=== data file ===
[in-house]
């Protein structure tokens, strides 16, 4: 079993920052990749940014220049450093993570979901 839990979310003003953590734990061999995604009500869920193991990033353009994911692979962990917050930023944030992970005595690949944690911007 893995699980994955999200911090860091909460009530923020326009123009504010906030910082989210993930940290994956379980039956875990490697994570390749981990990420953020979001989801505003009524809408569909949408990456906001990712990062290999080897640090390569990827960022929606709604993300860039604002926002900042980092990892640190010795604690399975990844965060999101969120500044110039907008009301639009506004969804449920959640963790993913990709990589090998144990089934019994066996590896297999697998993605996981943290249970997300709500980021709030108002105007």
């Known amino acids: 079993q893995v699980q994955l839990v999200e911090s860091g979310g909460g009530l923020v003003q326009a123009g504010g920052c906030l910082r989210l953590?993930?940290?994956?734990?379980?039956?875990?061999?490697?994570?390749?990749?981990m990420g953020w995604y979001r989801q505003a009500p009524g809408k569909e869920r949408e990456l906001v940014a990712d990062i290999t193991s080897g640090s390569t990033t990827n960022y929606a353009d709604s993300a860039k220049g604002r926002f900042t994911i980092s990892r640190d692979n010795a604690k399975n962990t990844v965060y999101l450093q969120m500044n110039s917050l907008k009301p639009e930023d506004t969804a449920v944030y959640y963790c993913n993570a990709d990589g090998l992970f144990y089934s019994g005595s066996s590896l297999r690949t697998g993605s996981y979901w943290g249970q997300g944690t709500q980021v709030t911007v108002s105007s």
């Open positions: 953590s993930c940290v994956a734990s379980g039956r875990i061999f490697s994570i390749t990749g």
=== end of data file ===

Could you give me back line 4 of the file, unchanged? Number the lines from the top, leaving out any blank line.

């Open positions: 953590s993930c940290v994956a734990s379980g039956r875990i061999f490697s994570i390749t990749g």